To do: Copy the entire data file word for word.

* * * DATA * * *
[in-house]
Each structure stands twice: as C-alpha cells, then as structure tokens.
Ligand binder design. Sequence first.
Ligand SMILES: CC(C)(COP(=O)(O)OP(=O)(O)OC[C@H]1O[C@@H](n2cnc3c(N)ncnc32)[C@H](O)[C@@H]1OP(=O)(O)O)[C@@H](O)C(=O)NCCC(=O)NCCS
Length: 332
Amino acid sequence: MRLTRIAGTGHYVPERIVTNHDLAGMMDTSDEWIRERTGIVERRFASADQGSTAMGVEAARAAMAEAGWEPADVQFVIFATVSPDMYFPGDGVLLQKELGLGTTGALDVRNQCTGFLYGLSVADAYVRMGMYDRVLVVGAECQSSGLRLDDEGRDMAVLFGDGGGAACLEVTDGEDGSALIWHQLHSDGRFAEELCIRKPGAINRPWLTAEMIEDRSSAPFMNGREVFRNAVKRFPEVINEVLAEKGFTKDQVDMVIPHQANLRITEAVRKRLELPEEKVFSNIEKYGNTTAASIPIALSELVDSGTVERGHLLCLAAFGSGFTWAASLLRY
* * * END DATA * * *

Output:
[in-house]
Each structure stands twice: as C-alpha cells, then as structure tokens.
Ligand binder design. Sequence first.
Ligand SMILES: CC(C)(COP(=O)(O)OP(=O)(O)OC[C@H]1O[C@@H](n2cnc3c(N)ncnc32)[C@H](O)[C@@H]1OP(=O)(O)O)[C@@H](O)C(=O)NCCC(=O)NCCS
Length: 332
Amino acid sequence: MRLTRIAGTGHYVPERIVTNHDLAGMMDTSDEWIRERTGIVERRFASADQGSTAMGVEAARAAMAEAGWEPADVQFVIFATVSPDMYFPGDGVLLQKELGLGTTGALDVRNQCTGFLYGLSVADAYVRMGMYDRVLVVGAECQSSGLRLDDEGRDMAVLFGDGGGAACLEVTDGEDGSALIWHQLHSDGRFAEELCIRKPGAINRPWLTAEMIEDRSSAPFMNGREVFRNAVKRFPEVINEVLAEKGFTKDQVDMVIPHQANLRITEAVRKRLELPEEKVFSNIEKYGNTTAASIPIALSELVDSGTVERGHLLCLAAFGSGFTWAASLLRY